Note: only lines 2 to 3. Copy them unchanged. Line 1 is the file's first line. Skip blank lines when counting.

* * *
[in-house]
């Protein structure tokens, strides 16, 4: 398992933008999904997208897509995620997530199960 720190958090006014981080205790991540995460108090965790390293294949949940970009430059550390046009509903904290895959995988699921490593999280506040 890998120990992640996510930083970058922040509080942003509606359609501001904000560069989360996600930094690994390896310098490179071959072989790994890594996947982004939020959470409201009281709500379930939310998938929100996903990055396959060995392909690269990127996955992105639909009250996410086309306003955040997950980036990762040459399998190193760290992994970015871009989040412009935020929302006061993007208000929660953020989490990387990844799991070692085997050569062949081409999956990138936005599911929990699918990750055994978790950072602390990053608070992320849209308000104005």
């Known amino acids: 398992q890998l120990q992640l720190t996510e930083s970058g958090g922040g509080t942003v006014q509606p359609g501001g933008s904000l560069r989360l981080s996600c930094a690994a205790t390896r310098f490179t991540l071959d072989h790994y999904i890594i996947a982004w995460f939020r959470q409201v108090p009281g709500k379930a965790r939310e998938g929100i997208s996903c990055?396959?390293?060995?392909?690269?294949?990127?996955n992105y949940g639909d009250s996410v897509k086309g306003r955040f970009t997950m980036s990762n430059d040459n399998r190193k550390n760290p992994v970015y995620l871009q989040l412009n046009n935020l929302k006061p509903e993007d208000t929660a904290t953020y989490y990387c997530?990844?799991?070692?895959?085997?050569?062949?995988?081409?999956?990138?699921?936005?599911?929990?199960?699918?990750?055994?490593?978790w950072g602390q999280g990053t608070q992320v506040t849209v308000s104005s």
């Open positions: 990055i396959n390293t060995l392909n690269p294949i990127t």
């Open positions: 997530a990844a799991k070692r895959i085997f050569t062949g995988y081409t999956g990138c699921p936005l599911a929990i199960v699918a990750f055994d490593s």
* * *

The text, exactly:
């Protein structure tokens, strides 16, 4: 398992933008999904997208897509995620997530199960 720190958090006014981080205790991540995460108090965790390293294949949940970009430059550390046009509903904290895959995988699921490593999280506040 890998120990992640996510930083970058922040509080942003509606359609501001904000560069989360996600930094690994390896310098490179071959072989790994890594996947982004939020959470409201009281709500379930939310998938929100996903990055396959060995392909690269990127996955992105639909009250996410086309306003955040997950980036990762040459399998190193760290992994970015871009989040412009935020929302006061993007208000929660953020989490990387990844799991070692085997050569062949081409999956990138936005599911929990699918990750055994978790950072602390990053608070992320849209308000104005």
């Known amino acids: 398992q890998l120990q992640l720190t996510e930083s970058g958090g922040g509080t942003v006014q509606p359609g501001g933008s904000l560069r989360l981080s996600c930094a690994a205790t390896r310098f490179t991540l071959d072989h790994y999904i890594i996947a982004w995460f939020r959470q409201v108090p009281g709500k379930a965790r939310e998938g929100i997208s996903c990055?396959?390293?060995?392909?690269?294949?990127?996955n992105y949940g639909d009250s996410v897509k086309g306003r955040f970009t997950m980036s990762n430059d040459n399998r190193k550390n760290p992994v970015y995620l871009q989040l412009n046009n935020l929302k006061p509903e993007d208000t929660a904290t953020y989490y990387c997530?990844?799991?070692?895959?085997?050569?062949?995988?081409?999956?990138?699921?936005?599911?929990?199960?699918?990750?055994?490593?978790w950072g602390q999280g990053t608070q992320v506040t849209v308000s104005s």